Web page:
Glioblastoma is the most common malignant brain tumor in adults. So far there have been no effective and targeted therapies. The molecular geneticist Gaetano Gargiulo, however, strives to change this.
“Even as a young boy I took apart and put back together again anything and everything that I could get my hands on, in order to understand how things work and what secrets were hidden there,” says Gaetano Gargiulo. And to this day nothing has changed in that regard: his curiosity and persistence concerning the essence of things is what motivates him to tackle, as molecular geneticist involved in cancer research, new challenges every day. “We have to understand how a tumour emerges and what makes a tumour cell tick, in order to find approaches for treatment. And for this reason we have to take a really close look at the core mechanisms of the tumour – its molecular interdependencies,” says the 36-year-old.
After his A-level exams, it was clear to Gargiulo that he wanted to study something in the field of natural science. He decided on bio-technology, studied at the University of Naples and received his doctorate in molecular oncology at the European School of Molecular Medicine in Milan. Up to 2009, he was trained at the European Institute of Oncology (Milan) and then went to the Netherland Cancer Institute in Amsterdam. There as a post-doc in the field of Cancer Epigenetics, he came in contact, for the first time, with research on glioblastoma.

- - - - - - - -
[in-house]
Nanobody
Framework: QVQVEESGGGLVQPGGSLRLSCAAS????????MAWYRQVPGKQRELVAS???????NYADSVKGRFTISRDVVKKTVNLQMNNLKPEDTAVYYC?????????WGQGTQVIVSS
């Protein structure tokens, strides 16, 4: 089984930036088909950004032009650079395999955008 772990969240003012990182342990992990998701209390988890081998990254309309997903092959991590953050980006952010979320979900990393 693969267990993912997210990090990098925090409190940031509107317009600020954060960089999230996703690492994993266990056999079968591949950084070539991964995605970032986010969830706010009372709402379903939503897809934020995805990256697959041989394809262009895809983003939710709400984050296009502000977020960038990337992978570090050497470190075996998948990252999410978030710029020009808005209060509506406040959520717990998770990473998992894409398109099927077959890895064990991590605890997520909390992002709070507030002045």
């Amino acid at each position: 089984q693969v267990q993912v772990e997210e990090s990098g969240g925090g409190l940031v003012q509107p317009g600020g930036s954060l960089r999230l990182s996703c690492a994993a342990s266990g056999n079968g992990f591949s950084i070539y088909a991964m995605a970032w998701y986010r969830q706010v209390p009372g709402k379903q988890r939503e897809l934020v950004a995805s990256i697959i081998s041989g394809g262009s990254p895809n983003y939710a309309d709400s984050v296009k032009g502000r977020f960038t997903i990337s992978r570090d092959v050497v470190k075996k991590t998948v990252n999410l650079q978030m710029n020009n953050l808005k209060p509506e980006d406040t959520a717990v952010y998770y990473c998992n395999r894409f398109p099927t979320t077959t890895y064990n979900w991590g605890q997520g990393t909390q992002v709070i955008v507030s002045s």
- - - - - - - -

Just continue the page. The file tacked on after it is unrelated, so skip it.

A glioblastoma is a malignant brain tumour that normally results in death within a few months. It develops from degenerated glial cells, but can assume many forms which differ from patient to patient and even within the same tumor mass. However, recent technological breakthroughs are now enabling scientists to more rapidly generate faithful models for diseases that have been difficult to tackle, including glioblastoma. Gargiulo: “This will allow to carry out large-scale genetic screens in combination with other methods, as a step toward finding new strategies for treating diseases.“
For this Gargiulo is currently putting together his own Helmholtz junior research group at the Max Delbrück Center for Molecular Medicine (MDC). Together with his team, he intends to examine each individual gene of the glioblastoma and its effects upon the progression of the disease. “Ideally this work will reveal specific targets that cancer cells must protect in order to survive, but are dispensable for healthy cells“, says Gargiulo. “Finding such molecular switches would represent a great step toward therapies because they would effectively eliminate tumors without damaging crucial healthy tissues.“ This concept, called "synthetic lethality", has become central for the development of new cancer therapies.
“The tumors are smart and use to their own advantage molecular mechanisms also used by our own normal cells. Finding the tumour’s Achilles heel that we can exploit to combat the glioblastoma in a targeted way, it’s like finding a needle in the haystack. Actually, it’s like finding a needle in a needlestack” says Gargiulo. “We have to be smarter than the tumour. That won’t be easy, but the optimal research conditions at the MDC, the multi-disciplinary environment and scientific exchange with collaboration partners will definitely advance my research considerably.”